Four books to celebrate the centenary of Eddington’s 1919 eclipse observations. For The Spectator, 11 May 2019.
Einstein’s War: How relativity triumphed amid the vicious nationalism of World War I
Gravity’s Century: From Einstein’s eclipse to images of black holes
Harvard University Press
No Shadow of a Doubt
Princeton University Press
Einstein’s Wife: The real story of Mileva Einstein-Maric
Allen Esterson and David C Cassidy; contribution by Ruth Lewin Sime.
On 6 November 1919, at a joint meeting of the Royal Astronomical Society and the Royal Society, held at London’s Burlington House, the stars went all askew in the heavens.
That, anyway, was the rhetorical flourish with which the New York Times hailed the announcement of the results of a pair of astronomical expeditions conducted in 1919, after the Armistice but before the official end of the Great War. One expedition, led by Arthur Stanley Eddington, assistant to the Astronomer Royal, had repaired to the plantation island of Principe off the coast of West Africa; the other, led by Andrew Crommelin, who worked at the Royal Greenwich Observatory, headed to a racecourse in Brazil. Together, in the few minutes afforded by the 29 May solar eclipse, the teams used telescopes to photograph shifts in the apparent location of stars as the edge of the sun approached them.
The possibility that a heavy body like the sun might cause some distortion in the appearance of the star field was not particularly outlandish. Newton, who had assigned “corpuscles” of light some tiny mass, supposed that such a massive body might draw light in like a lens, though he imagined the effect was too slight to be observable.
The degree of distortion the Eddington expeditions hoped to observe was something else again. 1.75 arc-seconds is roughly the angle subtended by a coin, a couple of miles away: a fine observation, but not impossible at the time. Only the theory of the German-born physicist Albert Einstein — respected well enough at home but little known to the Anglophone world — would explain such a (relatively) large distortion, and Eddington’s confirmation of his hypothesis brought the “famous German physician” (as the New York Times would have it) instant celebrity.
“The English expedition of 1919 is ultimately to blame for this whole misery, by which the general masses seized possession of me,” Einstein once remarked; but he was not so very sorry for the attention. Forget the usual image of Einstein the loveable old eccentric. Picture instead a forty-year-old who, when he steps into a room, literally causes women to faint. People wanted his opinions even about stupid things. And for years, if anyone said anything wise, within a few months their words were being attributed to Einstein.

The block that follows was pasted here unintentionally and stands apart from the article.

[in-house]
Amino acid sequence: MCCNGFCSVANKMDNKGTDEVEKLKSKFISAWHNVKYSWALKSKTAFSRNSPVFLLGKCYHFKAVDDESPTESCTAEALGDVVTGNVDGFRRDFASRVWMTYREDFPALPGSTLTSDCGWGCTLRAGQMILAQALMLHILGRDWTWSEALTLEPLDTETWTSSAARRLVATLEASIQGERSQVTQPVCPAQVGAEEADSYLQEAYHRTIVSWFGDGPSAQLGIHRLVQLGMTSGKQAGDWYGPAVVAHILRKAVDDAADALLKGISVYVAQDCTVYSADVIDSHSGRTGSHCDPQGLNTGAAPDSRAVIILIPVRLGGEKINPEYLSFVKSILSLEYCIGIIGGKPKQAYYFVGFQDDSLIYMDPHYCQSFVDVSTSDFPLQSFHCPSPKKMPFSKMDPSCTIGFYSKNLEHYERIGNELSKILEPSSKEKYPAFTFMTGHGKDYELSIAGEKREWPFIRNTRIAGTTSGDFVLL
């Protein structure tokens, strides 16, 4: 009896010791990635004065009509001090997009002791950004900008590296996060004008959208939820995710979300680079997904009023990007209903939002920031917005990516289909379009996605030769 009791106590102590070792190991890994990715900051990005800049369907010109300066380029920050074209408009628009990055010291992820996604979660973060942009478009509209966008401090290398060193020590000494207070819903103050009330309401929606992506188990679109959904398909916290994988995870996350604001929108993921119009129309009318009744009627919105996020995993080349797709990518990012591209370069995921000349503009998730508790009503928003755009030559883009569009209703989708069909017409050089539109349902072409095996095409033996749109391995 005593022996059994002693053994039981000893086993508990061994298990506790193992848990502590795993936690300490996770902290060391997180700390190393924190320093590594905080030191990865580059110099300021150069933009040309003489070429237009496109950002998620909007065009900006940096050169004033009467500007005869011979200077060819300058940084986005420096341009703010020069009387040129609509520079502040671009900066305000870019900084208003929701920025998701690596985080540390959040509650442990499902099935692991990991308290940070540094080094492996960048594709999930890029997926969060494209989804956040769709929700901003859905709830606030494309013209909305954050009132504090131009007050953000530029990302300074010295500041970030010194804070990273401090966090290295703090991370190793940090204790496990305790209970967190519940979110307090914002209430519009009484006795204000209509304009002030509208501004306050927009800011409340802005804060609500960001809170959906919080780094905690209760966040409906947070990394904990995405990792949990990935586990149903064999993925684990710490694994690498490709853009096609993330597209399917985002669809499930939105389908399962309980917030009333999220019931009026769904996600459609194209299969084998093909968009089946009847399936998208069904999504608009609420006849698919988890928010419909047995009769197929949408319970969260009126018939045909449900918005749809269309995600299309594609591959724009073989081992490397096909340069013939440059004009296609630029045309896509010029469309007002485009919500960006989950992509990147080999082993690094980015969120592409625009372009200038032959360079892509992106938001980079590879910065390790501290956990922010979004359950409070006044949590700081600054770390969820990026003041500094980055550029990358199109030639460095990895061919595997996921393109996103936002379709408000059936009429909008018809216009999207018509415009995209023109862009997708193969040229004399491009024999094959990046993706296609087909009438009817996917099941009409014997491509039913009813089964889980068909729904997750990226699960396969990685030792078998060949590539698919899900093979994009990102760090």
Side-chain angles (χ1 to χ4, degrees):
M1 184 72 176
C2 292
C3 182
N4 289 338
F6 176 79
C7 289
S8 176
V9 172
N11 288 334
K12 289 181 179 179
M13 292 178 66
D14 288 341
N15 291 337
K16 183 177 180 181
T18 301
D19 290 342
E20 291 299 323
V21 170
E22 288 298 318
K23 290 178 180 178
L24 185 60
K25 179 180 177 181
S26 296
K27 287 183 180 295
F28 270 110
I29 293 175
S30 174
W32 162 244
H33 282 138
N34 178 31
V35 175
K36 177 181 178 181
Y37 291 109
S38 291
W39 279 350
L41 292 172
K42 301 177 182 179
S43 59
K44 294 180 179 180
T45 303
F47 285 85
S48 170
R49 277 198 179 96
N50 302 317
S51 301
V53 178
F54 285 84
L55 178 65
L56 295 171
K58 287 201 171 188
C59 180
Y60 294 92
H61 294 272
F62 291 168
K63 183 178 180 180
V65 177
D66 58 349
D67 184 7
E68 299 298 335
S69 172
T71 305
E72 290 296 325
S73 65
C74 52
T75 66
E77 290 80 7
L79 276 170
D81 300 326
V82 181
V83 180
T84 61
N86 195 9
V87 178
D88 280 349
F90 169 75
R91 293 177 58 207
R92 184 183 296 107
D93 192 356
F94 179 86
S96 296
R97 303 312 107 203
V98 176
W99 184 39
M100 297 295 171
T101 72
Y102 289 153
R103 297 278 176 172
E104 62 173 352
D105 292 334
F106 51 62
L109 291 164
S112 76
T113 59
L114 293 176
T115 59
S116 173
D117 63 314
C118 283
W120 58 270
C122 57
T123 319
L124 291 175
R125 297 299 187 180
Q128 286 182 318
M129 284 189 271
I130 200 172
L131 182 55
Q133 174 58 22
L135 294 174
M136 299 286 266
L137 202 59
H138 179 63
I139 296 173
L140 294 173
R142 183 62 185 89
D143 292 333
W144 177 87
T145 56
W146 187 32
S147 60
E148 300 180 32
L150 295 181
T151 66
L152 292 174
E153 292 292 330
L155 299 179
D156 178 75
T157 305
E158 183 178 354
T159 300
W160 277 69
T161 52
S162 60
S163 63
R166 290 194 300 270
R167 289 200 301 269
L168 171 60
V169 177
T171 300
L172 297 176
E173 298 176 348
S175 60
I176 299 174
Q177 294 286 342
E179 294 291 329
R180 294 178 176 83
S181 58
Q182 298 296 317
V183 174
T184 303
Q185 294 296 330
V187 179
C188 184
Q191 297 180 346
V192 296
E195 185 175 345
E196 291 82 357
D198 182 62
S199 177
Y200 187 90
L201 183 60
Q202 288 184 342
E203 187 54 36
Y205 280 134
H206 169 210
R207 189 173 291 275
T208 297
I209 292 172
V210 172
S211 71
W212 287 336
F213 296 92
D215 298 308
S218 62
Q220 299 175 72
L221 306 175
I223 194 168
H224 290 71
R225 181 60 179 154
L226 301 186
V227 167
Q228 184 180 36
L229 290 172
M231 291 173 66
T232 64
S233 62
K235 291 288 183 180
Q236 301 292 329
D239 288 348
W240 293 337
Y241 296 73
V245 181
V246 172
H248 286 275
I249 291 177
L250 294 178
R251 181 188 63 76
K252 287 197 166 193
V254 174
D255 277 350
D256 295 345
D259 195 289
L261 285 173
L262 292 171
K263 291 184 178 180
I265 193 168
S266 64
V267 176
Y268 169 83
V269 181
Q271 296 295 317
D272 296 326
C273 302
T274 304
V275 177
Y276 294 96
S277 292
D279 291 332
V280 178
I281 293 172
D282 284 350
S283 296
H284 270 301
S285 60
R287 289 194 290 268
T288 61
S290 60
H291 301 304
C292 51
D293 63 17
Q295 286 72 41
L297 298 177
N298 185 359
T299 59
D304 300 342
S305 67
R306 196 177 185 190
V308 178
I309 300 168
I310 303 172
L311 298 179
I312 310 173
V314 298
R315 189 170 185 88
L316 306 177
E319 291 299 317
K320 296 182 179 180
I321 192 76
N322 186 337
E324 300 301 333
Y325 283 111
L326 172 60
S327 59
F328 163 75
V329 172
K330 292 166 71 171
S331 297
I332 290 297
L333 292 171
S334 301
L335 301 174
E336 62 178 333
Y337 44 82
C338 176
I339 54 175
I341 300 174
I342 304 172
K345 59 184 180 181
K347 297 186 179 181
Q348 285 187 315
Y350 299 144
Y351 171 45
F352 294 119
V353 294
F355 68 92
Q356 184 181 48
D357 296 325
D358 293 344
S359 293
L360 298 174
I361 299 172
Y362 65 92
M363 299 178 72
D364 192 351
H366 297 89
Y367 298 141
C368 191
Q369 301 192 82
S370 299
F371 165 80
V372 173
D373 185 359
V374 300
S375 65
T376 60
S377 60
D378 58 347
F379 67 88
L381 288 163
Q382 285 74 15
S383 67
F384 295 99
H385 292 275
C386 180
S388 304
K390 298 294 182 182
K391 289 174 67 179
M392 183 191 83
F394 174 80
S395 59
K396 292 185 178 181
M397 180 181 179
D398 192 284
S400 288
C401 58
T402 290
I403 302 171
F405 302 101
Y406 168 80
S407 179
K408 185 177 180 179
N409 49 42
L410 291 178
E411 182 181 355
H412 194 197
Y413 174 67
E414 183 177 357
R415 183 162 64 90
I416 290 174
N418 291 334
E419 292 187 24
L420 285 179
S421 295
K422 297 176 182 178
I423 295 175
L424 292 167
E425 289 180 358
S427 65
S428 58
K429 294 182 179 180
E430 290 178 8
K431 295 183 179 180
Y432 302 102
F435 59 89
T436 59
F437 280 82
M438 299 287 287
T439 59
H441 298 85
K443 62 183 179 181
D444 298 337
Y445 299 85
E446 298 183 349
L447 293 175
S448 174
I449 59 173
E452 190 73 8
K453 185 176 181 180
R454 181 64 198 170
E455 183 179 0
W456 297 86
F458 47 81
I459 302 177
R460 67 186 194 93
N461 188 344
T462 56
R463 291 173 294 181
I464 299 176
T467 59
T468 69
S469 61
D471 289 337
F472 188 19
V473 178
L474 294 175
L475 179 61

“Why is it that no one understands me and everyone likes me?” Einstein wondered. His appeal lay in his supposed incomprehensibility. Charlie Chaplin understood: “They cheer me because they all understand me,” he remarked, accompanying the theoretical physicist to a film premiere, “and they cheer you because no one understands you.”
Several books serve to mark the centenary of the 1919 eclipse observations. Though their aims diverge, they all to some degree capture the likeness of Einstein the man, messy personal life and all, while rendering his physics a little bit more comprehensible to the rest of us. Each successfully negotiates the single besetting difficulty facing books of this sort, namely the way science lends itself to bad history.
Science uses its past as an object lesson, clearing all the human messiness away to leave the ideas standing. History, on the other hand factors in as much human messiness as possible to show how the business of science is as contingent and dramatic as any other human activity.
While dealing with human matters, some ambiguity over causes and effects is welcome. There are two sides to every story, and so on and so forth: any less nuanced approach seems suspiciously moralistic. One need only look at the way various commentators have interpreted Einstein’s relationship with his first wife.
Einstein was, by the end of their failing marriage, notoriously horrible to Mileva Einstein-Maric; this in spite of their great personal and intellectual closeness as first-year physics students at the Federal Swiss Polytechnic. Einstein once reassured Elsa Lowenthal, his cousin and second-wife-to-be, that “I treat my wife as an employee I can not fire.” (Why Elsa, reading that, didn’t run a mile, is not recorded.)
Albert was a bad husband. His wife was a mathematician. Therefore Albert stole his theory of special relativity from Mileva. This shibboleth, bandied about since the 1970s, is a sort of of evil twin of whig history, distorted by teleology, anachronism and present-mindedness. It does no one any favours. The three separately authored parts of Einstein’s Wife: The real story of Mileva Einstein-Maric unpick the myth of Mileva’s influence over Albert, while increasing, rather than diminishing, our interest in and admiration of the woman herself. It’s a hard job to do well, without preciousness or special pleading, especially in today’s resentment-ridden and over-sensitive political climate, and the book is an impressive, compassionate accomplishment.